Exhibit to celebrate history of Shakespeare on campus

A new exhibit at the Thompson Memorial Library draws from the wide-ranging expertise of faculty curators to commemorate the 400th anniversary of William Shakespeare’s death. Courtesy of Vassar College Drama Department
A new exhibit at the Thompson Memorial Library draws from the wide-ranging expertise of faculty curators to commemorate the 400th anniversary of William Shakespeare’s death. Courtesy of Vassar College Drama Department
A new exhibit at the Thompson Memorial Library draws from the wide-ranging expertise of faculty curators to commemorate the 400th anniversary of William Shakespeare’s death. Courtesy of Vassar College Drama Department

In commemoration of the 400th anniversary of William Shakespeare’s death, a number of Vassar faculty have joined forces to create a semester-long exhibit at the Thompson Me­morial Library, “Shakespeare at Vassar,” that showcases Vassar’s longstanding and multifac­eted relationship with the Bard.

To kick off the event, a reception featuring short student performances of Shakespeare, as well as talks by each of the faculty curators, will be held Tuesday, Sept. 20 at 5:30 p.m. in the Class of ’51 Reading Room.

“It’s not that we’re sort of looking inward at Vassar—although we are—but it also shows how Vassar really connects to some import­ant developments in Shakespeare,” explained Associate Director of the Libraries for Special Collections Ron Patkus.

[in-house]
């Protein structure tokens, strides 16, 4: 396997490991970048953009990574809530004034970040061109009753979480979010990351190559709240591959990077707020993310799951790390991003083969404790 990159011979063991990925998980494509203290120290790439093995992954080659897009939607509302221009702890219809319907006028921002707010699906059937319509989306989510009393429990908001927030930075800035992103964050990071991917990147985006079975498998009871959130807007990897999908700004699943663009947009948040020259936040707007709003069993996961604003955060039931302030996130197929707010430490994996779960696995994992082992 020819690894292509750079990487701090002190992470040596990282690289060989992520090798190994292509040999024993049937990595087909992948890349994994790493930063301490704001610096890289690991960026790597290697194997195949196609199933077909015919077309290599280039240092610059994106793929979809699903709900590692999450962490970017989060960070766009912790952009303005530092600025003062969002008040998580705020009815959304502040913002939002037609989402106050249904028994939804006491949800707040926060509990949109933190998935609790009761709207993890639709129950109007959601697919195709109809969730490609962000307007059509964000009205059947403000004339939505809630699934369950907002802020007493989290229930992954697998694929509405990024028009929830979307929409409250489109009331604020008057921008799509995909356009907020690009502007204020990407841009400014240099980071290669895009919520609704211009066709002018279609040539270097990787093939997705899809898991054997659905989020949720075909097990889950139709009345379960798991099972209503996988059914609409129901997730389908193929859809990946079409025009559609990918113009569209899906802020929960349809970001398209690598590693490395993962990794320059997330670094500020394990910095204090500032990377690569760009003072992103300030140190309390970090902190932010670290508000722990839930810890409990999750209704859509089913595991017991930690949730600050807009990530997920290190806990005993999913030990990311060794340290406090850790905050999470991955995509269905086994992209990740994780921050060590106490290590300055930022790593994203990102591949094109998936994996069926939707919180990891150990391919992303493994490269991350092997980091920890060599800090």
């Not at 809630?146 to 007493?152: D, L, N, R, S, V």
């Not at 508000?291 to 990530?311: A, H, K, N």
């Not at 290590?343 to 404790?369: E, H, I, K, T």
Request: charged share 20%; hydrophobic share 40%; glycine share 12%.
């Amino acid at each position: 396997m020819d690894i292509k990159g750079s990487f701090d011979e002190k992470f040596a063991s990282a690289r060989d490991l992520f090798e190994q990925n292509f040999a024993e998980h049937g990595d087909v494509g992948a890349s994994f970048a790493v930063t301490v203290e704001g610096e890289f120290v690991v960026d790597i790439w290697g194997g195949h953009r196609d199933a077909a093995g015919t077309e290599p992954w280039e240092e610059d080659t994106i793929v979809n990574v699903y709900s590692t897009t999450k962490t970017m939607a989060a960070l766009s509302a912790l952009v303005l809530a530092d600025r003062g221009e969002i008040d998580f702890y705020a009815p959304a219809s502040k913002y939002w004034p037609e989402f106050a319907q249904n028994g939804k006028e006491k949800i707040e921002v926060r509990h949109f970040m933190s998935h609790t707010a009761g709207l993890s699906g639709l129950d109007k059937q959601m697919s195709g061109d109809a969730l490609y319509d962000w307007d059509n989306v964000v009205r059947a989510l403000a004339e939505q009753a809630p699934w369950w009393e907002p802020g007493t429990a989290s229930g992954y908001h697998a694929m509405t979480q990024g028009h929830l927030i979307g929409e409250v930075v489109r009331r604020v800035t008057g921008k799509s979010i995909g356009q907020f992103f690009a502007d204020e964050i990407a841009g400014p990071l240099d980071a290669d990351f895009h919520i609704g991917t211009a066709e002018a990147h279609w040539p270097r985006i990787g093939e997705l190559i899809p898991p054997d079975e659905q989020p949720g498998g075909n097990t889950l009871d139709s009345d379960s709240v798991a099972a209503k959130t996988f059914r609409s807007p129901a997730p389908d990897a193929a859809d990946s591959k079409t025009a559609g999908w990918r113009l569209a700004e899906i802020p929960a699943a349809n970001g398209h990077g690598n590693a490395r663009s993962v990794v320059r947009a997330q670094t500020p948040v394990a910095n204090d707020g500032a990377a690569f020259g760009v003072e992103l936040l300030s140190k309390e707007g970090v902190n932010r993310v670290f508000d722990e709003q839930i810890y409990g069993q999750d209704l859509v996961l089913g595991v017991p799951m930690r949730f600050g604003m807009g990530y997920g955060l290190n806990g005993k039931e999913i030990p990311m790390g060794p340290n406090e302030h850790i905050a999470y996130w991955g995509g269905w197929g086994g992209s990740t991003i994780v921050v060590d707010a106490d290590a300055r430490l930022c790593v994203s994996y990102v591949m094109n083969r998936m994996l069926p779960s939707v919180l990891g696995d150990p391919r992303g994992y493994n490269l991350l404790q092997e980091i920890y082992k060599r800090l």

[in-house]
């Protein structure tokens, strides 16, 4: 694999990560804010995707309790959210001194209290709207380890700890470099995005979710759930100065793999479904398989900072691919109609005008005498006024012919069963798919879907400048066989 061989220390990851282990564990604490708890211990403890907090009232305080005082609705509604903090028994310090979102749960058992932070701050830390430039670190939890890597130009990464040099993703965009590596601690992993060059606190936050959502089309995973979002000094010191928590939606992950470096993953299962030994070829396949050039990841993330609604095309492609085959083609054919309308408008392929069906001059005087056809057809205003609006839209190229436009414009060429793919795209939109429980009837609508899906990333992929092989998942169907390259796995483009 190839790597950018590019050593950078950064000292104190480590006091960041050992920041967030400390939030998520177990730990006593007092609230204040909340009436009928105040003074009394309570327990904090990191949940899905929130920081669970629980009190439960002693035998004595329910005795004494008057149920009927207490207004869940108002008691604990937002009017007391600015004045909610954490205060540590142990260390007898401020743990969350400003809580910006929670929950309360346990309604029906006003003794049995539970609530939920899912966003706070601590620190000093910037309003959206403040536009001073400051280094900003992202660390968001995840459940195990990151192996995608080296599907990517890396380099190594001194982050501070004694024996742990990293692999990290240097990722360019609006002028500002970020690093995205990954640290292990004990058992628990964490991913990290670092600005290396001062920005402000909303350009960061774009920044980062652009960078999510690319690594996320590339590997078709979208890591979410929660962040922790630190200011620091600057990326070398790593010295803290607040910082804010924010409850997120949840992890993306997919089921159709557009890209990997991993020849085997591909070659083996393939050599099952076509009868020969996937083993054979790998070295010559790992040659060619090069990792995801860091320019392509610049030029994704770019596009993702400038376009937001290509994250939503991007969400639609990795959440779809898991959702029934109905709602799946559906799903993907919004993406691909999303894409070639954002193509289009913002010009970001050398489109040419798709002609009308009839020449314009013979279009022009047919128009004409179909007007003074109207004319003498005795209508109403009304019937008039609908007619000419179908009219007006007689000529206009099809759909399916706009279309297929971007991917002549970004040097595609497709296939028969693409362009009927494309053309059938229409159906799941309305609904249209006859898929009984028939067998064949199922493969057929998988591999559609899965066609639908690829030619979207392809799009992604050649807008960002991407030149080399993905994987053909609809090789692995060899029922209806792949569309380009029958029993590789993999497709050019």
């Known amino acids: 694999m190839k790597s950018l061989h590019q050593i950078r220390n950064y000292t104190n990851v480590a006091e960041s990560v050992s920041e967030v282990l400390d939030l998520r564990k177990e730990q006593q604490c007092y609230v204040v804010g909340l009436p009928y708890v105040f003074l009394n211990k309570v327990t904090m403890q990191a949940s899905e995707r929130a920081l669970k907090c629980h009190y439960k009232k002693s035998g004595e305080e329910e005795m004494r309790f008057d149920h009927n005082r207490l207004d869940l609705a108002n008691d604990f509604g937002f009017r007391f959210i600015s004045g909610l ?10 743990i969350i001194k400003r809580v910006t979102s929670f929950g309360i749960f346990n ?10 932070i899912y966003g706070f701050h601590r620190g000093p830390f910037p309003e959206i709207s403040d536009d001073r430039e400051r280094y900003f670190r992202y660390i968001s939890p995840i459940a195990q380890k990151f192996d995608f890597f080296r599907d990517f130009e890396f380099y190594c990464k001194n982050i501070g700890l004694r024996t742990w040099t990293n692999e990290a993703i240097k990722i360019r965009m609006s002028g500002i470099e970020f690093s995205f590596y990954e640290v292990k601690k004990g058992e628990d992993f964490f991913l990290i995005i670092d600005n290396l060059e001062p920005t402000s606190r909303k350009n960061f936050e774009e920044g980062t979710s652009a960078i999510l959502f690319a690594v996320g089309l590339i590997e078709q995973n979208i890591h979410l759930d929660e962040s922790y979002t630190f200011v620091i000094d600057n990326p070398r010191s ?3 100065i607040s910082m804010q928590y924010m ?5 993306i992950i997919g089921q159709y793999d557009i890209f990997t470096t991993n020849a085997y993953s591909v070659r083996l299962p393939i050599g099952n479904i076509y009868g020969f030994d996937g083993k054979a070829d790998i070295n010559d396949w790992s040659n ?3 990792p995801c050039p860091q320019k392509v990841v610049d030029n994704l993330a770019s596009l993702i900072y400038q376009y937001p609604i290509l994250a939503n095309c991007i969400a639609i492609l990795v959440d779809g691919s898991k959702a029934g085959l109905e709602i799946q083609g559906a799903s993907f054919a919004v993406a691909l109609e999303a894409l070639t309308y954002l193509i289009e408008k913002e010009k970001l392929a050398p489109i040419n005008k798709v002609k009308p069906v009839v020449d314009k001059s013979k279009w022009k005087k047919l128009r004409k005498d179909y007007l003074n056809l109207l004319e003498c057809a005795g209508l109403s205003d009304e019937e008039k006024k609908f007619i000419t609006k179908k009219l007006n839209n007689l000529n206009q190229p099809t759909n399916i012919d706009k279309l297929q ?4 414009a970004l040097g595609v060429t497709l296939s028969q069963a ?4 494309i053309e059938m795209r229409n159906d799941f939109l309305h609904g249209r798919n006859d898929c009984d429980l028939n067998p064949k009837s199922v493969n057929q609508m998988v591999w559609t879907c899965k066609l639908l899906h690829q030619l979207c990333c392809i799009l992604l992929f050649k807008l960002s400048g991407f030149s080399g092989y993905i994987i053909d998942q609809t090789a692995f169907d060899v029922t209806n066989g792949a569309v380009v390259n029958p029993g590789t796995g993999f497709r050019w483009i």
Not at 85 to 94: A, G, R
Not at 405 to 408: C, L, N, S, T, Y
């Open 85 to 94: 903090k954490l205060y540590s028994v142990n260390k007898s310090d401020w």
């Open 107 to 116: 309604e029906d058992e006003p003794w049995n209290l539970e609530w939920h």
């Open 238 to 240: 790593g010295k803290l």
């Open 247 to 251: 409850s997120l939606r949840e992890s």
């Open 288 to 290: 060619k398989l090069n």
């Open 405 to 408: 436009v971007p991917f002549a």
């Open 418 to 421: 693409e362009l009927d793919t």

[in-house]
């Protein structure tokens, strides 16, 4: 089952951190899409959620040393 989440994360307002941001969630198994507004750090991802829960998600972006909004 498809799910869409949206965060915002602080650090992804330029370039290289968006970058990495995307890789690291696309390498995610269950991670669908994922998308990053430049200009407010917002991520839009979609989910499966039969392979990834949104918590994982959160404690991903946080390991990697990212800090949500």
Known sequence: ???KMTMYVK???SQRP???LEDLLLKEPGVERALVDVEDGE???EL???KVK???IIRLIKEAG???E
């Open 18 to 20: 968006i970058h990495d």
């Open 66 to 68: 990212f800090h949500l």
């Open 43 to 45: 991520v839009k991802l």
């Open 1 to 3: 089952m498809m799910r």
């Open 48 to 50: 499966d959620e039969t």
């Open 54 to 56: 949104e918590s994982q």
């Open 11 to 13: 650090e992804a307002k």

Patkus, one of the five faculty curators in­volved with this project, contributed items from the Special Collections Library relating to Shakespeare, including everything from 17th-century folios of his works to fine press editions from the early 20th century.

Of course, Vassar’s own Shakespeare Garden is the most visible reminder of the campus’s historical reverence for the playwright and As­sociate Professor of English Leslie Dunn dedi­cated her portion of the exhibit to its history at the College.

“I’ve always loved the Shakespeare Garden,” Dunn explained in an emailed statement. “I’ve taught classes there (in one memorable Shake­speare class, one of my students staged the duel from Hamlet with two friends who were on the fencing team!), and have often found ref­uge there, either by myself or with my dog, for quiet walks and contemplation. But when we started planning the exhibit and I volunteered to research the history of the Shakespeare Gar­den, I became deeply committed to preserving its future as well as its past.”

She continued, “I am hoping that the College will mark its centenary by once again raising awareness and funds for its renovation. Ideal­ly it should have its own endowment, as some other gardens on the campus already do. And I would be happy to organize a group of students to plant flowers and herbs this fall, just as the students did 100 years ago.”

Likewise, Associate Professor of English Zol­tan Markus dedicated a portion of the exhibit to the history of Shakespeare classes over the years. The section will include curricula from previously taught Shakespeare classes, as well as photographs of past Vassar professors of Shakespeare classes and the syllabi from these courses.

A fourth section will be dedicated to a per­formance history of Shakespeare’s plays at Vas­sar, compiled by Professor of Drama Denise Walen, including photos of past performances, posters for the events and directors’ playbooks.